Campaigns update: some big wins and wildlife under threat
Sometimes here in the Woodland Trust's campaigns team it’s difficult to know we're making an impact. But then, within a couple of months, we have received government recognition that ancient woodland needs better protection and we gain two campaign victories under our belt. Sometimes good news comes all at once, like buses!
This all helps to remind us and our supporters that our work can make all the difference for ancient woods and veteran trees. As ever, we have more cases to fight but with our spirits lifted and with the overwhelming support from you, our supporters, we are motivated to keep going.
A park under threat and a holiday park posing a threat. These cases are certainly no walk in the park for the ancient woodland at risk.
A hybrid application consisting of both a large housing development and a relief road linking to it at Ashton Park, near Trowbridge in Wiltshire, has been submitted. The applicants have proposed buffers for some areas of ancient woodland but not offered the necessary buffers in others. They have stated that these areas conveniently shouldn’t be called ancient woodland. We also have serious concerns about the impacts on the large and varied bat populations that call this wood home, particularly the rare Bechstein’s bats.
In Wales, applicants wish to use an old quarry site to create a new holiday park. However, this will affect a number of ancient woods on the existing site. One of the key issues is that the location of some of the holiday lodges would mean direct loss to a Plantation on Ancient Woodland Site (PAWS), called Coed Maes-Mynan. Despite being areas often planted with conifers, PAWS are still precious and diverse sites that have the potential to be restored to their former glory.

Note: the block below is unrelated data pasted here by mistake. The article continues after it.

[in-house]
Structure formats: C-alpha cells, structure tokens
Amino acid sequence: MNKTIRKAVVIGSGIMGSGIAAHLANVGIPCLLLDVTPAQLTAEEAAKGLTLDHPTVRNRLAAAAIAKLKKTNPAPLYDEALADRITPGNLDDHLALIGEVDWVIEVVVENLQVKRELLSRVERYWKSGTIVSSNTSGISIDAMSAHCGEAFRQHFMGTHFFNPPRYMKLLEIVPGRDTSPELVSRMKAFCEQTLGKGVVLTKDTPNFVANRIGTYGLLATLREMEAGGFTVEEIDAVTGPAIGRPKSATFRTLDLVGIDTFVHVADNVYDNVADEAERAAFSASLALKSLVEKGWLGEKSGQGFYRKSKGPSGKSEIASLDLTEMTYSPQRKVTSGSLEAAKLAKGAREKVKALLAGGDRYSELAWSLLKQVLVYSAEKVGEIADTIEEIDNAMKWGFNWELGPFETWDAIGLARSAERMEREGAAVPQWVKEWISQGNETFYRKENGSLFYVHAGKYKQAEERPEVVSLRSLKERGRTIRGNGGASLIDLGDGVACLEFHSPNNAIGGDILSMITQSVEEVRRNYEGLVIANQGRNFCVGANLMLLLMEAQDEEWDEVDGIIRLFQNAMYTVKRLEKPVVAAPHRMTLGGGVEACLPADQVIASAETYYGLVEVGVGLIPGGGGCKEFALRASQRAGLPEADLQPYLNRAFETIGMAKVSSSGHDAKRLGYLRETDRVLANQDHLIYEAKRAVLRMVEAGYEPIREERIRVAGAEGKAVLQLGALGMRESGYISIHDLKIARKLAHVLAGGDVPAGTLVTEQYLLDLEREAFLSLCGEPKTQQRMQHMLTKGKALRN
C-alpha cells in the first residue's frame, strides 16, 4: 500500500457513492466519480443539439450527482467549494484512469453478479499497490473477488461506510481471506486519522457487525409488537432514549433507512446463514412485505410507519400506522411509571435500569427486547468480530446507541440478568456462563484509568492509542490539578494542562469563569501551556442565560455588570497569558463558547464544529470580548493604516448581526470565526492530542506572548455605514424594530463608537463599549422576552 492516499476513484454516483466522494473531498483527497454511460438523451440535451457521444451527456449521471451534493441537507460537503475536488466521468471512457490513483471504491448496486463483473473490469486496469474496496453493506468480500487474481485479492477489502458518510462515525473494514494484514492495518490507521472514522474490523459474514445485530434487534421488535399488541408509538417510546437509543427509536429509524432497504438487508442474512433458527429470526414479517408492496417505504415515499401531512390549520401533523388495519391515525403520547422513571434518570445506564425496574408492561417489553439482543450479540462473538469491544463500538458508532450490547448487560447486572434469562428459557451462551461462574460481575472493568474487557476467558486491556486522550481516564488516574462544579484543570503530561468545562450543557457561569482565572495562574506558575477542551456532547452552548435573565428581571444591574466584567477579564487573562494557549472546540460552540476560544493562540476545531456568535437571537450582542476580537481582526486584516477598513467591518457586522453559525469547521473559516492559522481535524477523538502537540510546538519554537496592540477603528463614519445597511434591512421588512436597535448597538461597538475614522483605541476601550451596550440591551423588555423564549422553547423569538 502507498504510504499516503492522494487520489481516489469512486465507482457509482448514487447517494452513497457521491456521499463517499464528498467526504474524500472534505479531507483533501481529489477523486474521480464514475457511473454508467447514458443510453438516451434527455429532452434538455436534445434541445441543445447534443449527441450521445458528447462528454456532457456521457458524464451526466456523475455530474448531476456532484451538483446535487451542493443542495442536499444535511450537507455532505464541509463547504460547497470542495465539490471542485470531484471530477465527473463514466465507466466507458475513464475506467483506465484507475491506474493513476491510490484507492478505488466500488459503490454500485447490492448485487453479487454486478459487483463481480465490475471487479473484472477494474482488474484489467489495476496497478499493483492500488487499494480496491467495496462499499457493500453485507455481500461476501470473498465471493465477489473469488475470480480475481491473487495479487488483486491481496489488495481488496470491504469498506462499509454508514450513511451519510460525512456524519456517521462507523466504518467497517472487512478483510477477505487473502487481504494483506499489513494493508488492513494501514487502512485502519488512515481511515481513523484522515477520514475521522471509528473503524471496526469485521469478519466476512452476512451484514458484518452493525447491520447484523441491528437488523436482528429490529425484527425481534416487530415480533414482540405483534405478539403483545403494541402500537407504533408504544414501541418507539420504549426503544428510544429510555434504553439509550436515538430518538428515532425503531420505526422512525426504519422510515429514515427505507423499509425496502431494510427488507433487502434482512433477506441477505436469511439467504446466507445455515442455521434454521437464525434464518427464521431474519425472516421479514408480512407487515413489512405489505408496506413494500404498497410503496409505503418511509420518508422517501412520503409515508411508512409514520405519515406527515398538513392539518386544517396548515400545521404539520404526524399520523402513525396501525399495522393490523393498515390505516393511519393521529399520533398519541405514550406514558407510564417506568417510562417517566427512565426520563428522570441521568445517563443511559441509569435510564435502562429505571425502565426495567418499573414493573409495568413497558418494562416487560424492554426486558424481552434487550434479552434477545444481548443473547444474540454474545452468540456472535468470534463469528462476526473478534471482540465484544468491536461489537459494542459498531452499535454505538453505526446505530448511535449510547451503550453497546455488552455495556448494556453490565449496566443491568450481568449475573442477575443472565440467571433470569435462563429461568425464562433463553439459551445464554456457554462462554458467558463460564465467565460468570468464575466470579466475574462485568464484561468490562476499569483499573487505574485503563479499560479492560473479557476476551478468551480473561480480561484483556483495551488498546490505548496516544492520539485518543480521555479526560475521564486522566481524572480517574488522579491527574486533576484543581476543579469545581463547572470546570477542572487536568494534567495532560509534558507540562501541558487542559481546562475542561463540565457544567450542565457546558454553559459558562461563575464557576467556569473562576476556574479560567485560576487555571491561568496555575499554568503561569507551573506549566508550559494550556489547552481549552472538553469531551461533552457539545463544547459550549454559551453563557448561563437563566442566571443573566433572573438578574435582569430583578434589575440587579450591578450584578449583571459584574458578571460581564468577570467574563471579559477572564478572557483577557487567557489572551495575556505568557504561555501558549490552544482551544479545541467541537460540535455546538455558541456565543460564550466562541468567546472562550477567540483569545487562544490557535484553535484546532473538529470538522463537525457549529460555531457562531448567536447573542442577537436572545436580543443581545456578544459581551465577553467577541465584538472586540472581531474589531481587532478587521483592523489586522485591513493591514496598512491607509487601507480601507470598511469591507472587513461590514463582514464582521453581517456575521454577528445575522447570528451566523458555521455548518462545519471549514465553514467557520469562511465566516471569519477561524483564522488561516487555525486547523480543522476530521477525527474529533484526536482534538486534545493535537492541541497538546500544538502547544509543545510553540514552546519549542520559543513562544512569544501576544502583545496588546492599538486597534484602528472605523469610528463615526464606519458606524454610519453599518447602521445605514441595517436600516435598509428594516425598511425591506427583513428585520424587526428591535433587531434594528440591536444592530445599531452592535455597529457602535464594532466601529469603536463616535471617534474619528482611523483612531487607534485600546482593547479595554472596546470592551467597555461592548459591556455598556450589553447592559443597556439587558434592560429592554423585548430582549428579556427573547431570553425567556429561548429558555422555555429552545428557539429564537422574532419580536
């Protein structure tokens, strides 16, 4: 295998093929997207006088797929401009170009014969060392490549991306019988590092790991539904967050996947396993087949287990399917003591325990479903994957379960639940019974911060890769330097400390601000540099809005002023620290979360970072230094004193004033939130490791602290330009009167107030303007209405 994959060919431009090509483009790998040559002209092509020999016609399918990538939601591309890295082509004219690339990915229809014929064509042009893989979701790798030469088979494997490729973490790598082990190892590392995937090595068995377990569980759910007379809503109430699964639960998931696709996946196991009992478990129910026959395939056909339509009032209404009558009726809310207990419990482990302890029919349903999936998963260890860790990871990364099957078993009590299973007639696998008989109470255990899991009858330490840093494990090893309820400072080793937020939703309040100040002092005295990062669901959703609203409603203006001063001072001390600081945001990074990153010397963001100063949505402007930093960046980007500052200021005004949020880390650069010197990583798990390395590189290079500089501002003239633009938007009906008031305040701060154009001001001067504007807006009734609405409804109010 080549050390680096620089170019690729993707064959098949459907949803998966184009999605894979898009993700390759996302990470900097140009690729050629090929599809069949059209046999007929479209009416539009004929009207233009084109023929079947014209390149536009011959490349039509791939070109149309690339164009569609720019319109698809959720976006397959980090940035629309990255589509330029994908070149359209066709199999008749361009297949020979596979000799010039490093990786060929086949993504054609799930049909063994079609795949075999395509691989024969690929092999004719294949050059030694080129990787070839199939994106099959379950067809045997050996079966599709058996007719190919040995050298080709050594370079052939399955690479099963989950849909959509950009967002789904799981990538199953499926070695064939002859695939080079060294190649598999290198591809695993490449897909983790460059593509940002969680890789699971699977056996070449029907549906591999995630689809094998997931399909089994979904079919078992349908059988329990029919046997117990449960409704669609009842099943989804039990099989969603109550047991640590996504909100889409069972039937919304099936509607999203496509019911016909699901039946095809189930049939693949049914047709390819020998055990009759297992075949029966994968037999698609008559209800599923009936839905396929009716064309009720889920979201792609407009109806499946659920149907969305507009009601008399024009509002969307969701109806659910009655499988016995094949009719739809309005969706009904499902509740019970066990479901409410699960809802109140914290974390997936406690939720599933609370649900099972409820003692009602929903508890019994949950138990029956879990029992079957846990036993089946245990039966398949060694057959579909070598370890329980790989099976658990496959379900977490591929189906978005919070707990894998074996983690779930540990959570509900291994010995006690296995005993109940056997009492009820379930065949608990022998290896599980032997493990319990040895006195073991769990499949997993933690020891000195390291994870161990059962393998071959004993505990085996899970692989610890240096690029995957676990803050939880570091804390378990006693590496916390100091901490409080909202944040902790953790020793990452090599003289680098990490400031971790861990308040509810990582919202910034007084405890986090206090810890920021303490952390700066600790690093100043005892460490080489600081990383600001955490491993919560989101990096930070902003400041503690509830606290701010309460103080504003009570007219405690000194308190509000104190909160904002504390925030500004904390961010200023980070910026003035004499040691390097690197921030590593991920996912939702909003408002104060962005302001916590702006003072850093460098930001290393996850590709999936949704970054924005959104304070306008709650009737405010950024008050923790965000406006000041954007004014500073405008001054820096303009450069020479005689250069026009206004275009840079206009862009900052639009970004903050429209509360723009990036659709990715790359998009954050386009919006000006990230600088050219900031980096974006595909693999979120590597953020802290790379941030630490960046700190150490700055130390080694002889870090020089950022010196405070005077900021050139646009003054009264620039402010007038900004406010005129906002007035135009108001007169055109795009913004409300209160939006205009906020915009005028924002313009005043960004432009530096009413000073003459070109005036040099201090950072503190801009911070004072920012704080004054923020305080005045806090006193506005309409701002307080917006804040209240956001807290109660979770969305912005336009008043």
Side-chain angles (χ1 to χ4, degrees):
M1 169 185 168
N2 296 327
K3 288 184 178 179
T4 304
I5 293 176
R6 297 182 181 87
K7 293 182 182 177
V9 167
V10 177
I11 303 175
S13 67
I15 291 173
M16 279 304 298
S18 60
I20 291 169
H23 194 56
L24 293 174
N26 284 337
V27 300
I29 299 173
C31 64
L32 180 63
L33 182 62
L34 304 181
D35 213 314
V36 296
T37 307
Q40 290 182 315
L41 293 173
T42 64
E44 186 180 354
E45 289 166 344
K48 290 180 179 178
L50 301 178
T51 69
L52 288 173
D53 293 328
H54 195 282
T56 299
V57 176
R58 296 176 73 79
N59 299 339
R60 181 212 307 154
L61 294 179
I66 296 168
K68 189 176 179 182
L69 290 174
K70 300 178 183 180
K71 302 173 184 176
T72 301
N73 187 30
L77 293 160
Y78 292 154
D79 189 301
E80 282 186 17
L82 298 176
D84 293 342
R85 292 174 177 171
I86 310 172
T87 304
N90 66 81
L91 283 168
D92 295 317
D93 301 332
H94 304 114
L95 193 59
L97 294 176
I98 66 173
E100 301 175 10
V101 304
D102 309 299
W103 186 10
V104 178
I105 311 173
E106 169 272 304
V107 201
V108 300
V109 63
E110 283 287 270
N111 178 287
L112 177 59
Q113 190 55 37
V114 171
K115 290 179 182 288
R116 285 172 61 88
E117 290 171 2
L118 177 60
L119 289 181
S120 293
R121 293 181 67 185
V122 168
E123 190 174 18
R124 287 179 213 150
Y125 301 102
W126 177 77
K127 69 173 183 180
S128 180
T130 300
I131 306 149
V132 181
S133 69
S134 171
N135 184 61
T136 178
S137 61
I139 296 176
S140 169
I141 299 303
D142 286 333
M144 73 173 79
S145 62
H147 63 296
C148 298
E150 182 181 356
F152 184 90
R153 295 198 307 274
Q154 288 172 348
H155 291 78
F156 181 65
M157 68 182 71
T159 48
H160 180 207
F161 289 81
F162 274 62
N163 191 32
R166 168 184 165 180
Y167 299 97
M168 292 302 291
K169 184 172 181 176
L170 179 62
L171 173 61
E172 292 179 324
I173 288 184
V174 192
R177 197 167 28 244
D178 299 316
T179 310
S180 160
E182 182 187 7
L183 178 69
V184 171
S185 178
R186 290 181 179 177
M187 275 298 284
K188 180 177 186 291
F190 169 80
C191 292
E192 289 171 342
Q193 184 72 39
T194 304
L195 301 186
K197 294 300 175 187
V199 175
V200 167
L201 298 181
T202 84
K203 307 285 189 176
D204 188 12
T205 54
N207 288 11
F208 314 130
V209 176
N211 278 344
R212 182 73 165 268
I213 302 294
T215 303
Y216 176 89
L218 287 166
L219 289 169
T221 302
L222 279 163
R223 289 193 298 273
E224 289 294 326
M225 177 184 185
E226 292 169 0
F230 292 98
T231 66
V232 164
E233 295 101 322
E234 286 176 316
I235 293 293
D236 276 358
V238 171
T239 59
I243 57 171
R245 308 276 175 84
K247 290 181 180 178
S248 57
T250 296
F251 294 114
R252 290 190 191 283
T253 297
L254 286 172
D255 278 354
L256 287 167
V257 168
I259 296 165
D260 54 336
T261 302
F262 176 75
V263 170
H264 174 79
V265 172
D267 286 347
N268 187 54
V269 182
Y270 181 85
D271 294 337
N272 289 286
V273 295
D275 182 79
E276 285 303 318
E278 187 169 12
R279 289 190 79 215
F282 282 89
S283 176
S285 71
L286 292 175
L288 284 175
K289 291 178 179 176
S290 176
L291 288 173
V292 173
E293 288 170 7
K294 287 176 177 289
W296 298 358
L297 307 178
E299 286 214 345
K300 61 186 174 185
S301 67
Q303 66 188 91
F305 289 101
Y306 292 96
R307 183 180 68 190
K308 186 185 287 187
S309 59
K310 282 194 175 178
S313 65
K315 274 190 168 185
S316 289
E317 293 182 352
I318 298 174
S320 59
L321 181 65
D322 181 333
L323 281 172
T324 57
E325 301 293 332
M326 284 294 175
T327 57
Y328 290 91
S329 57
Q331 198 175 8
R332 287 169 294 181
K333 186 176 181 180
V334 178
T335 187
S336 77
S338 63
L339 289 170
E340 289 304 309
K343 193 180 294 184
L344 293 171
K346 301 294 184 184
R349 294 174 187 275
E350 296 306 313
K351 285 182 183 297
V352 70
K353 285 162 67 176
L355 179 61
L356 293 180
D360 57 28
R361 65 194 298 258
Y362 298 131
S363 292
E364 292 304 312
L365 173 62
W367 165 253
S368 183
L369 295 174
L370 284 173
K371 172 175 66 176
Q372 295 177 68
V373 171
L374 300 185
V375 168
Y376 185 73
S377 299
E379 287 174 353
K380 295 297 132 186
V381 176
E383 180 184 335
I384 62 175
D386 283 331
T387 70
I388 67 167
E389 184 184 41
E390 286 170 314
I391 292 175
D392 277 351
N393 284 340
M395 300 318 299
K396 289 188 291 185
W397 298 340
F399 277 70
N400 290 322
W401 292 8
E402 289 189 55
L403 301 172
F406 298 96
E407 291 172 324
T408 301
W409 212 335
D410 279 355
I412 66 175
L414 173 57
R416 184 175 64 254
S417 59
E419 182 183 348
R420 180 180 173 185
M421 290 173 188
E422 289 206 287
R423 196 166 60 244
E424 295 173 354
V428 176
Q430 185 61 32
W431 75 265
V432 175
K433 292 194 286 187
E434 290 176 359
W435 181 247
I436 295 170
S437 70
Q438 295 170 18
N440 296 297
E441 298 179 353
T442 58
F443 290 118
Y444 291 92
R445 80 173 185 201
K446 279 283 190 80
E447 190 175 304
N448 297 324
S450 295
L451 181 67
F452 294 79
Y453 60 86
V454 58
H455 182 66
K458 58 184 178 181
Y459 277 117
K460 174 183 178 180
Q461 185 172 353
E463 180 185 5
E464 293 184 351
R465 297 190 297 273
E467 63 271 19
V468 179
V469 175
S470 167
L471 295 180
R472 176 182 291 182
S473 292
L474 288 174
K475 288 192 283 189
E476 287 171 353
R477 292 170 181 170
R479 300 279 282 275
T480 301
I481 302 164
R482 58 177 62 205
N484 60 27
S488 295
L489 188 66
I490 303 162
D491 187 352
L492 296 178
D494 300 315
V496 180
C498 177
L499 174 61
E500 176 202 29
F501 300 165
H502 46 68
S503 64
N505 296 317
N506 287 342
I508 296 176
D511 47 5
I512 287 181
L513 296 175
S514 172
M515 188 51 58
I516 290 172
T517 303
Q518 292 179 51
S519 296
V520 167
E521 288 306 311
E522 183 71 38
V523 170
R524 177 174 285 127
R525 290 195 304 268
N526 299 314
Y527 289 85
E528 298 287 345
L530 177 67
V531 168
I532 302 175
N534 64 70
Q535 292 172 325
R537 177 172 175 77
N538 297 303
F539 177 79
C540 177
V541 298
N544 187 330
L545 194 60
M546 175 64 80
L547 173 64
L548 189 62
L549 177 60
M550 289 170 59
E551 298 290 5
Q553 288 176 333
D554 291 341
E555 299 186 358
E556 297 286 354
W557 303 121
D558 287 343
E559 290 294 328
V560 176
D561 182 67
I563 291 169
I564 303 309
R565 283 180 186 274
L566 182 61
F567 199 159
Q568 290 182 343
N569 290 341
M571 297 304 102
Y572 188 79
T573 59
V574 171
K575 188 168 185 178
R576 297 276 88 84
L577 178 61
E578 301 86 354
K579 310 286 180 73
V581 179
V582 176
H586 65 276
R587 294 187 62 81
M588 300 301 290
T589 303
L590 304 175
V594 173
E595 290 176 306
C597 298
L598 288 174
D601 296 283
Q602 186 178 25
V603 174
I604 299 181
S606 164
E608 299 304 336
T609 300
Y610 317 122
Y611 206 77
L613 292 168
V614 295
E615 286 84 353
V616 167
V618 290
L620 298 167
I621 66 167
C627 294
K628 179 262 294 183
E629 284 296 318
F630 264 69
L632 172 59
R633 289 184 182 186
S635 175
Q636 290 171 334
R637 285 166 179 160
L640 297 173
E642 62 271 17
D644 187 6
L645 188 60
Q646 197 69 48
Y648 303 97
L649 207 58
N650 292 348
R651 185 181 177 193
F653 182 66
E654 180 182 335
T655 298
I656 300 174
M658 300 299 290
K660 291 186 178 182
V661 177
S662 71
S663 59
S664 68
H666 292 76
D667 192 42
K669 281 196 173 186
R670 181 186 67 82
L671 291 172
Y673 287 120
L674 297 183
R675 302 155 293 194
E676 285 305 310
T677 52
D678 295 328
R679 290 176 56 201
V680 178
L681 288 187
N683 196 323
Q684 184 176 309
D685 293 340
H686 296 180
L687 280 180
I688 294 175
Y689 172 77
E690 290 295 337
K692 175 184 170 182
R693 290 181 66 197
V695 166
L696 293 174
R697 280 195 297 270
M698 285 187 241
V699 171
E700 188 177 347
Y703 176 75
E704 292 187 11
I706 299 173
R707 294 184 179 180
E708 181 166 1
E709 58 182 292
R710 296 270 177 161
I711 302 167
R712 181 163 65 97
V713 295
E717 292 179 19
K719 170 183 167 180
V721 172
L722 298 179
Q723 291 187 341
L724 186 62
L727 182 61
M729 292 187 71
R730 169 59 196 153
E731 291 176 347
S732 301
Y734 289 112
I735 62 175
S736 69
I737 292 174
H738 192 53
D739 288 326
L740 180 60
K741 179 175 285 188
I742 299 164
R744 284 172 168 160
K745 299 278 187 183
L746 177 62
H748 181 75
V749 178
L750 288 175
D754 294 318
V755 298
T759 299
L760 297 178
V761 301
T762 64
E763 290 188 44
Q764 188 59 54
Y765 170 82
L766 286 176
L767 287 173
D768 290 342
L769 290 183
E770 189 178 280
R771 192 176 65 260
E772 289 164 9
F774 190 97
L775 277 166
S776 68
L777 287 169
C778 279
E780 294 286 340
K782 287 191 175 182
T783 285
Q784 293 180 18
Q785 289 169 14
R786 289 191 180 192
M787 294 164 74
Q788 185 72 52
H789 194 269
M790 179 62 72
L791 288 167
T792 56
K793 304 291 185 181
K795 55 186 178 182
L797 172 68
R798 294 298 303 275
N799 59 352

Cause for contention
Ham Wood in Wales faces impacts from the siting of treetop tents on its site. These are essentially tent pods or large spheres that are hoisted off the ground just below the tree canopy. There will be negative impacts from the likely tree felling to accommodate the tents and the disturbance to ancient woodland caused by those using the wood whilst staying there. This would include disruptions like noise and artificial light. This is an important area for wildlife as otters have been seen in the watercourse that runs through the woodland. We will be sending in an objection.
Some we win..
I'm glad to be able to share not one but two big campaign wins with you this month!
Sheffield has certainly been in our bad books of late. However we’ve had some brilliant news in response to a campaign we ran last year on a potentially concerning proposal.
In October, the Woodland Trust responded to a consultation about flood management options proposed by the Environment Agency (EA) and Sheffield City Council. We were keen to respond as a couple of areas of ancient woodland were suggested as temporary flood storage areas. As ancient woodland is such a fragile habitat this would result in damage to the ground flora and trees. So we strongly objected to these areas being used for flooding.
In response to the consultation, the Council and the EA have decided to drop the options to flood the ancient woods. Great news! It also looks like we will be involved in future discussions on flood management in Sheffield so we hope to make a positive impact here.
You may remember the Begbie Wood case was one of many chicken farm applications we tackled last year that threatened ancient woodland. It posed a serious threat due to ammonia pollution and so we objected and ran a public campaign. Over 700 supporters took part online, sending in their own objections to the proposal. Thanks to those who took part the planning application was turned down!
But it’s not over yet as this is only the first stage and now the application is set to go through the appeal process. We’ll be watching closely.
How you can help
These cases highlight that current planning policy is letting our precious natural heritage down. But the current Housing White Paper consultation being run by government gives us a real chance to achieve real protection for ancient woodland. In the Housing White Paper, government agreed that ancient woods need better protection, now we need to make sure they implement this in practice.